In the meantime, since largely about me eating my feelings, I will leave you with a recipe you will most likely never want to make.

Iceberg Wedge Drowning in Russian Dressing

Since everything seems to be tainted with the stuff in some form or other– possible government colluding, election tampering, troll farming, spy poisoning, Assad-bolstering– I figured it’s as good a time as any to whip up a batch and wallow in it for a little while, then take a very hot, soapy shower and get on with my day.

I can’t imagine anyone actually following through and concocting this recipe, which is excellent because it saves me so much time recipe testing. Thank you.

It’s one of those viscous mixtures that’s culinary death to the tender greens of a Springtime salad, but very much at home dripping down one’s wrists as it oozes from a hot Reuben. And now, if you are of a certain age, you have the image of The Partridge Family’s manager in your head and you will be upset. You are very welcome.

Makes approximately one gallon of Russian Dressing

Ingredients:

• 1 finely minced yellow onion
• 12 cups of mayonnaise. Really.
• 3 cups of tomato ketchup
• ¼ cup of hot sauce
• ¼ cup Worcestershire sauce
• 1 tablespoon of paprika
• A generous pinch or 12 of salt
• Iceberg lettuce, cut into 4 wedges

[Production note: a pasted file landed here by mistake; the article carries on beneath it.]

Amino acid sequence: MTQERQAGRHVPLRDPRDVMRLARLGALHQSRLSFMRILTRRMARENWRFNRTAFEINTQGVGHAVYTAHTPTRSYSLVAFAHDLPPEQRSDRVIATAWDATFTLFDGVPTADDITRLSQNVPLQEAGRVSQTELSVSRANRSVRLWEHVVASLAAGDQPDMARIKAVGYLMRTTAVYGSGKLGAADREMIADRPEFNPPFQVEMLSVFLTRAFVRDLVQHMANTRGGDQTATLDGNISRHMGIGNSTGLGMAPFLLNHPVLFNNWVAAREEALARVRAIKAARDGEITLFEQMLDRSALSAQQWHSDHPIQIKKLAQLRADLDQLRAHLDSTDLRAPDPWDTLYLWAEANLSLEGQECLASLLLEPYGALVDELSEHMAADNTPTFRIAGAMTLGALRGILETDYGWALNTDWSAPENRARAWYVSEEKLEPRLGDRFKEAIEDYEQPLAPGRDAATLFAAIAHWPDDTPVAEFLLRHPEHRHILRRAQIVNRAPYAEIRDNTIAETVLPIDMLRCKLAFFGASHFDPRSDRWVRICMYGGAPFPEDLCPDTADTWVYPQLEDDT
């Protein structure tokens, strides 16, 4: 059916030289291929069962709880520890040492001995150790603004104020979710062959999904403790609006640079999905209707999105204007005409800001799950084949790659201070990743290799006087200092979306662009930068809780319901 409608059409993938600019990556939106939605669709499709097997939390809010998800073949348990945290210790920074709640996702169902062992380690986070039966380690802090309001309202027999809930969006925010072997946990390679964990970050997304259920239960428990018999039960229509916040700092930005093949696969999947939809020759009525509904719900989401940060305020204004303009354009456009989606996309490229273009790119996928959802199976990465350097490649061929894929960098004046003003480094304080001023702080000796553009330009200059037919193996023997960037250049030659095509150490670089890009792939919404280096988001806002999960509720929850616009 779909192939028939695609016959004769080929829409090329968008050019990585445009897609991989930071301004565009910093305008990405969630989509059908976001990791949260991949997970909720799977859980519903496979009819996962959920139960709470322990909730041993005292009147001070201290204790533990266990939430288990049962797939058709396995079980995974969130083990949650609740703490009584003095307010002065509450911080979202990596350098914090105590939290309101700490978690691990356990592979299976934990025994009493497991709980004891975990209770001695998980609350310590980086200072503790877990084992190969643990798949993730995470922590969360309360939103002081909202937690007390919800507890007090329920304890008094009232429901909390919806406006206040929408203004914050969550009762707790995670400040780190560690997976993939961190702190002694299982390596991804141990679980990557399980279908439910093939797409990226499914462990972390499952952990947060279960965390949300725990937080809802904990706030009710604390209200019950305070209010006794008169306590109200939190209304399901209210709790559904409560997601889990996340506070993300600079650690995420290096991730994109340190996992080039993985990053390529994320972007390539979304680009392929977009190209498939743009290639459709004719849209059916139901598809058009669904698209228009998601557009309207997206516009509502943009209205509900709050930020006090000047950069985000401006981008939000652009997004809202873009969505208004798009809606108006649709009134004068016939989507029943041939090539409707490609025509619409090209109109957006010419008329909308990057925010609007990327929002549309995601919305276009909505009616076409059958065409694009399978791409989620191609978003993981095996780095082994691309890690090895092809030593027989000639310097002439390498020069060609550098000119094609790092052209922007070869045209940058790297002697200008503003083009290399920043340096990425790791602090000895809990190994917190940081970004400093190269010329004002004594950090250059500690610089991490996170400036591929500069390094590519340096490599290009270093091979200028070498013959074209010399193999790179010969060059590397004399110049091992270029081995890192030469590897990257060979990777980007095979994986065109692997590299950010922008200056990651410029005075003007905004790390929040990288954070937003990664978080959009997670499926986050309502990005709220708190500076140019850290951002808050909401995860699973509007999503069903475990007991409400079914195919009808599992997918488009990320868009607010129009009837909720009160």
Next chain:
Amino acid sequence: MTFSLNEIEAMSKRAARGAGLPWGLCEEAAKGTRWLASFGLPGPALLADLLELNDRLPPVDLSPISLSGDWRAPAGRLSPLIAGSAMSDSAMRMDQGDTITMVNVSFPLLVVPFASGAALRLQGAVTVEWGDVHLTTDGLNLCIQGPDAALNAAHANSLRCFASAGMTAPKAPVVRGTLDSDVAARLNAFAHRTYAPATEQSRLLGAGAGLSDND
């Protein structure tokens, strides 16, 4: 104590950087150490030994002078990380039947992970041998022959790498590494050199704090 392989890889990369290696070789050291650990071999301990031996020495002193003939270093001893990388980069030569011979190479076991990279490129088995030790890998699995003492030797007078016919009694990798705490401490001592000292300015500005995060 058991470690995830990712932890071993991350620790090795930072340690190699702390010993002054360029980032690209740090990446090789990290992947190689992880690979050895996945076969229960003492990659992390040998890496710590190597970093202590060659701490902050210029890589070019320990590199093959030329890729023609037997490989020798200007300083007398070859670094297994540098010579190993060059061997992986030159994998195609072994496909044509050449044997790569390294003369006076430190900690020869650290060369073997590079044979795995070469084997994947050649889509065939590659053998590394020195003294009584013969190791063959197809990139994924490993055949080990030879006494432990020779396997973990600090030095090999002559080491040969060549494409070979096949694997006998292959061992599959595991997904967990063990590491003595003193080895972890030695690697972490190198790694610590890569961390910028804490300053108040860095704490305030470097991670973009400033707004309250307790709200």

Preparation:

  1. Chop the onion so fine that it can mingle among the other ingredients for ages before it’s detected.
  2. In a (very) large bowl combine mayonnaise, ketchup, hot sauce, Worcestershire sauce, paprika, and salt. Infiltrate with onion until smooth.
  3. Stand back and look at the gigantic mess of pink goo. If you smoke, take a long, dramatic drag from your cigarette and say, “What the hell have I just made?” Emphasizing the word “hell” expels just the right amount of smoke for a wonderfully theatrical effect.
  4. Refrigerate for a few hours so that the flavor agents have enough time to properly collude.
  5. To serve, place each iceberg wedge in a deep bowl and ladle dressing over them until only their tips are left exposed, which will be fun for your guests because they will have absolutely no idea how much crap they’ll have to wade through to get to the bottom of everything.
  6. If anyone questions what you’ve just served them, tell them it’s Creamy French Dressing– they probably won’t know the difference. If you’ve still got that cigarette, blow smoke in the face of the person or persons probing you for an added dash of drama. Don’t ash.
  7. Place remaining dressing in a smaller bowl and leave out for several days, preferably near your stove. Stir occasionally. Leftovers may then be used to poison enemies.
  8. Deny everything.

About Michael Procopio

I write about food and am very fond of Edward Gorey. And gin.
This entry was posted in Uncategorized and tagged , . Bookmark the permalink.

Leave a Reply

Your email address will not be published.